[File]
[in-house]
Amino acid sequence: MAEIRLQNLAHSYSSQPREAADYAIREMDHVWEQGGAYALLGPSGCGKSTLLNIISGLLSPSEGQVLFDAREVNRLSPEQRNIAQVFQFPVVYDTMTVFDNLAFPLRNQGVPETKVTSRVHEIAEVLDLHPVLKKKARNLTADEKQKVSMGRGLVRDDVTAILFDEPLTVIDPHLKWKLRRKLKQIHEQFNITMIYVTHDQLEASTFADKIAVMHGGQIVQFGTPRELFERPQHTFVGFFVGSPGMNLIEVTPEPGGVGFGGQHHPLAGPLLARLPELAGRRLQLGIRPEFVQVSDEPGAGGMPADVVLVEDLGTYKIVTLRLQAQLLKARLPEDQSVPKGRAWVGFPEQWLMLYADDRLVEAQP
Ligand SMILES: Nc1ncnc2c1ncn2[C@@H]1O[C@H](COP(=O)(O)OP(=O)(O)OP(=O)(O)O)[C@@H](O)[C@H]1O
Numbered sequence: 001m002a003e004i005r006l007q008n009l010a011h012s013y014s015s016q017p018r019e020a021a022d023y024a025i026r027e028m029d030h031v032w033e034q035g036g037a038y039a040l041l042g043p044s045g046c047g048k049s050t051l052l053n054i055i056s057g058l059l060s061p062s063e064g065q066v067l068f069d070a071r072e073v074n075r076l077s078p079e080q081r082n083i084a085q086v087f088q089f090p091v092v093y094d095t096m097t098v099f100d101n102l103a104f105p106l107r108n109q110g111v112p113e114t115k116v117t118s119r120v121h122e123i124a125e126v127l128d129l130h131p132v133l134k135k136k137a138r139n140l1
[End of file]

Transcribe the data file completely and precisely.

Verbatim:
[in-house]
Amino acid sequence: MAEIRLQNLAHSYSSQPREAADYAIREMDHVWEQGGAYALLGPSGCGKSTLLNIISGLLSPSEGQVLFDAREVNRLSPEQRNIAQVFQFPVVYDTMTVFDNLAFPLRNQGVPETKVTSRVHEIAEVLDLHPVLKKKARNLTADEKQKVSMGRGLVRDDVTAILFDEPLTVIDPHLKWKLRRKLKQIHEQFNITMIYVTHDQLEASTFADKIAVMHGGQIVQFGTPRELFERPQHTFVGFFVGSPGMNLIEVTPEPGGVGFGGQHHPLAGPLLARLPELAGRRLQLGIRPEFVQVSDEPGAGGMPADVVLVEDLGTYKIVTLRLQAQLLKARLPEDQSVPKGRAWVGFPEQWLMLYADDRLVEAQP
Ligand SMILES: Nc1ncnc2c1ncn2[C@@H]1O[C@H](COP(=O)(O)OP(=O)(O)OP(=O)(O)O)[C@@H](O)[C@H]1O
Numbered sequence: 001m002a003e004i005r006l007q008n009l010a011h012s013y014s015s016q017p018r019e020a021a022d023y024a025i026r027e028m029d030h031v032w033e034q035g036g037a038y039a040l041l042g043p044s045g046c047g048k049s050t051l052l053n054i055i056s057g058l059l060s061p062s063e064g065q066v067l068f069d070a071r072e073v074n075r076l077s078p079e080q081r082n083i084a085q086v087f088q089f090p091v092v093y094d095t096m097t098v099f100d101n102l103a104f105p106l107r108n109q110g111v112p113e114t115k116v117t118s119r120v121h122e123i124a125e126v127l128d129l130h131p132v133l134k135k136k137a138r139n140l1